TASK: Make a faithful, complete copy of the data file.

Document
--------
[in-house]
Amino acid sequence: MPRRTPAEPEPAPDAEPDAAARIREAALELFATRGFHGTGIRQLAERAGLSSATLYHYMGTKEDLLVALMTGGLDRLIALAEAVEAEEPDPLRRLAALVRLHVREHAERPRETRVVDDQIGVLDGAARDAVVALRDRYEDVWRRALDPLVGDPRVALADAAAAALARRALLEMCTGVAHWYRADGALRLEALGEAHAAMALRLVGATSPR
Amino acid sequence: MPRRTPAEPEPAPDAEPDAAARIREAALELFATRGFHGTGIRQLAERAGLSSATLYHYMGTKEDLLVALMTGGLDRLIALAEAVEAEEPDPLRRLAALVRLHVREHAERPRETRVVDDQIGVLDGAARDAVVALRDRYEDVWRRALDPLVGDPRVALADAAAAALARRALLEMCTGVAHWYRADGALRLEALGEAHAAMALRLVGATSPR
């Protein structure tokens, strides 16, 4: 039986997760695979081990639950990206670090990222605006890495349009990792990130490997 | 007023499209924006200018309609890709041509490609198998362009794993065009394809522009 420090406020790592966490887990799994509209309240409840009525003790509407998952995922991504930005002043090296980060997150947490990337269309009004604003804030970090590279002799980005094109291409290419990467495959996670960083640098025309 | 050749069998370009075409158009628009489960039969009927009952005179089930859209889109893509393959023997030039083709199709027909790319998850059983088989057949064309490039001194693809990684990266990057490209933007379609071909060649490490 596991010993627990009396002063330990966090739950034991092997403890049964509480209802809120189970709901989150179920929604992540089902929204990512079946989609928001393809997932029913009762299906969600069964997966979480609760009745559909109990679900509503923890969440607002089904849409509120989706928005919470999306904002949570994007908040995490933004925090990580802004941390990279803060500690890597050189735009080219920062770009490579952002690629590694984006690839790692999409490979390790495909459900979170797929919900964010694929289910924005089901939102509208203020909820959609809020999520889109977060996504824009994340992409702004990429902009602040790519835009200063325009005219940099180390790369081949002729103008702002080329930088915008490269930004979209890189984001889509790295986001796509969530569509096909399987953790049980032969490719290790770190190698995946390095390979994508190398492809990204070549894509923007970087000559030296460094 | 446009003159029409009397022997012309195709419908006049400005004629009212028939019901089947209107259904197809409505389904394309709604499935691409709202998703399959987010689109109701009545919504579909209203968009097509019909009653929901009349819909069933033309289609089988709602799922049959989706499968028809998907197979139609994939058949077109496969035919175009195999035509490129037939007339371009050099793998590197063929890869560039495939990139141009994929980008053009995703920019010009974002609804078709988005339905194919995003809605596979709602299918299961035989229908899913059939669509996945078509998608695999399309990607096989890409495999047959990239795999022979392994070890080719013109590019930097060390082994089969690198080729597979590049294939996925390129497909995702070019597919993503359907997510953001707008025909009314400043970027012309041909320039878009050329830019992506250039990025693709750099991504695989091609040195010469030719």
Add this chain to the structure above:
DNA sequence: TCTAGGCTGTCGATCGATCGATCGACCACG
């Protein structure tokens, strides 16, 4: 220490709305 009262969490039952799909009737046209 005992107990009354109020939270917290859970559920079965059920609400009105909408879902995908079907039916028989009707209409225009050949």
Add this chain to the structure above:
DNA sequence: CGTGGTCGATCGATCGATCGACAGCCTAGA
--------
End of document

[in-house]
Amino acid sequence: MPRRTPAEPEPAPDAEPDAAARIREAALELFATRGFHGTGIRQLAERAGLSSATLYHYMGTKEDLLVALMTGGLDRLIALAEAVEAEEPDPLRRLAALVRLHVREHAERPRETRVVDDQIGVLDGAARDAVVALRDRYEDVWRRALDPLVGDPRVALADAAAAALARRALLEMCTGVAHWYRADGALRLEALGEAHAAMALRLVGATSPR
Amino acid sequence: MPRRTPAEPEPAPDAEPDAAARIREAALELFATRGFHGTGIRQLAERAGLSSATLYHYMGTKEDLLVALMTGGLDRLIALAEAVEAEEPDPLRRLAALVRLHVREHAERPRETRVVDDQIGVLDGAARDAVVALRDRYEDVWRRALDPLVGDPRVALADAAAAALARRALLEMCTGVAHWYRADGALRLEALGEAHAAMALRLVGATSPR
């Protein structure tokens, strides 16, 4: 039986997760695979081990639950990206670090990222605006890495349009990792990130490997 | 007023499209924006200018309609890709041509490609198998362009794993065009394809522009 420090406020790592966490887990799994509209309240409840009525003790509407998952995922991504930005002043090296980060997150947490990337269309009004604003804030970090590279002799980005094109291409290419990467495959996670960083640098025309 | 050749069998370009075409158009628009489960039969009927009952005179089930859209889109893509393959023997030039083709199709027909790319998850059983088989057949064309490039001194693809990684990266990057490209933007379609071909060649490490 596991010993627990009396002063330990966090739950034991092997403890049964509480209802809120189970709901989150179920929604992540089902929204990512079946989609928001393809997932029913009762299906969600069964997966979480609760009745559909109990679900509503923890969440607002089904849409509120989706928005919470999306904002949570994007908040995490933004925090990580802004941390990279803060500690890597050189735009080219920062770009490579952002690629590694984006690839790692999409490979390790495909459900979170797929919900964010694929289910924005089901939102509208203020909820959609809020999520889109977060996504824009994340992409702004990429902009602040790519835009200063325009005219940099180390790369081949002729103008702002080329930088915008490269930004979209890189984001889509790295986001796509969530569509096909399987953790049980032969490719290790770190190698995946390095390979994508190398492809990204070549894509923007970087000559030296460094 | 446009003159029409009397022997012309195709419908006049400005004629009212028939019901089947209107259904197809409505389904394309709604499935691409709202998703399959987010689109109701009545919504579909209203968009097509019909009653929901009349819909069933033309289609089988709602799922049959989706499968028809998907197979139609994939058949077109496969035919175009195999035509490129037939007339371009050099793998590197063929890869560039495939990139141009994929980008053009995703920019010009974002609804078709988005339905194919995003809605596979709602299918299961035989229908899913059939669509996945078509998608695999399309990607096989890409495999047959990239795999022979392994070890080719013109590019930097060390082994089969690198080729597979590049294939996925390129497909995702070019597919993503359907997510953001707008025909009314400043970027012309041909320039878009050329830019992506250039990025693709750099991504695989091609040195010469030719």
Add this chain to the structure above:
DNA sequence: TCTAGGCTGTCGATCGATCGATCGACCACG
């Protein structure tokens, strides 16, 4: 220490709305 009262969490039952799909009737046209 005992107990009354109020939270917290859970559920079965059920609400009105909408879902995908079907039916028989009707209409225009050949």
Add this chain to the structure above:
DNA sequence: CGTGGTCGATCGATCGATCGACAGCCTAGA